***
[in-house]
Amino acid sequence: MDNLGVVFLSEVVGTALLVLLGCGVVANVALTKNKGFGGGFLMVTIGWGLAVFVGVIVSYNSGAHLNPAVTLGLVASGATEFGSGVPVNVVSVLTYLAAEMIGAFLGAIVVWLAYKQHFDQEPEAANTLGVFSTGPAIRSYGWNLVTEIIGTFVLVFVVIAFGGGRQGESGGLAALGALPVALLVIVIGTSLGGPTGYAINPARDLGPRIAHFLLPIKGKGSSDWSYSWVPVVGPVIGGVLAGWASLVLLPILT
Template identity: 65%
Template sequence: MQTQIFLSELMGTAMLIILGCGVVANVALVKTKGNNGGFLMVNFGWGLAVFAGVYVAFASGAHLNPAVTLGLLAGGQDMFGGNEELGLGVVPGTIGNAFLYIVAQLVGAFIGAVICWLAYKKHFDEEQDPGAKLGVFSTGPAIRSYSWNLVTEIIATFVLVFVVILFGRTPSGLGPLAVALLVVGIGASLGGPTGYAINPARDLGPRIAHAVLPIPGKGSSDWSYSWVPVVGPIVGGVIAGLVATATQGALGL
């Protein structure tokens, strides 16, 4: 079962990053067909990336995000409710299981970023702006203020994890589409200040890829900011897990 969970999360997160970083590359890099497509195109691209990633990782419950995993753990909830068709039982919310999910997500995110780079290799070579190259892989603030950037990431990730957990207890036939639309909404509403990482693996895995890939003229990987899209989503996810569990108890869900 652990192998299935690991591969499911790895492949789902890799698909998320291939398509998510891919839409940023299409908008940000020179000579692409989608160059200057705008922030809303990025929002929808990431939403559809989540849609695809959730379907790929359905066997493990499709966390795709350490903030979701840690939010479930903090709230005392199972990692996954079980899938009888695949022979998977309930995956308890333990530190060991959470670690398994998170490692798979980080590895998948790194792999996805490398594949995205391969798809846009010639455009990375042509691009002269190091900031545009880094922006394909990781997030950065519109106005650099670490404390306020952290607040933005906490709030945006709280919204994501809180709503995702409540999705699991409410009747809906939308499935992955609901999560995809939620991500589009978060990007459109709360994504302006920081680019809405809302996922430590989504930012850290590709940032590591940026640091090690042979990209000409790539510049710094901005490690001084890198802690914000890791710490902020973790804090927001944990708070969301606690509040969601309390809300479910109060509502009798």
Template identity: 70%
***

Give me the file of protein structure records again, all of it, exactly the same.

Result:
[in-house]
Amino acid sequence: MDNLGVVFLSEVVGTALLVLLGCGVVANVALTKNKGFGGGFLMVTIGWGLAVFVGVIVSYNSGAHLNPAVTLGLVASGATEFGSGVPVNVVSVLTYLAAEMIGAFLGAIVVWLAYKQHFDQEPEAANTLGVFSTGPAIRSYGWNLVTEIIGTFVLVFVVIAFGGGRQGESGGLAALGALPVALLVIVIGTSLGGPTGYAINPARDLGPRIAHFLLPIKGKGSSDWSYSWVPVVGPVIGGVLAGWASLVLLPILT
Template identity: 65%
Template sequence: MQTQIFLSELMGTAMLIILGCGVVANVALVKTKGNNGGFLMVNFGWGLAVFAGVYVAFASGAHLNPAVTLGLLAGGQDMFGGNEELGLGVVPGTIGNAFLYIVAQLVGAFIGAVICWLAYKKHFDEEQDPGAKLGVFSTGPAIRSYSWNLVTEIIATFVLVFVVILFGRTPSGLGPLAVALLVVGIGASLGGPTGYAINPARDLGPRIAHAVLPIPGKGSSDWSYSWVPVVGPIVGGVIAGLVATATQGALGL
């Protein structure tokens, strides 16, 4: 079962990053067909990336995000409710299981970023702006203020994890589409200040890829900011897990 969970999360997160970083590359890099497509195109691209990633990782419950995993753990909830068709039982919310999910997500995110780079290799070579190259892989603030950037990431990730957990207890036939639309909404509403990482693996895995890939003229990987899209989503996810569990108890869900 652990192998299935690991591969499911790895492949789902890799698909998320291939398509998510891919839409940023299409908008940000020179000579692409989608160059200057705008922030809303990025929002929808990431939403559809989540849609695809959730379907790929359905066997493990499709966390795709350490903030979701840690939010479930903090709230005392199972990692996954079980899938009888695949022979998977309930995956308890333990530190060991959470670690398994998170490692798979980080590895998948790194792999996805490398594949995205391969798809846009010639455009990375042509691009002269190091900031545009880094922006394909990781997030950065519109106005650099670490404390306020952290607040933005906490709030945006709280919204994501809180709503995702409540999705699991409410009747809906939308499935992955609901999560995809939620991500589009978060990007459109709360994504302006920081680019809405809302996922430590989504930012850290590709940032590591940026640091090690042979990209000409790539510049710094901005490690001084890198802690914000890791710490902020973790804090927001944990708070969301606690509040969601309390809300479910109060509502009798």
Template identity: 70%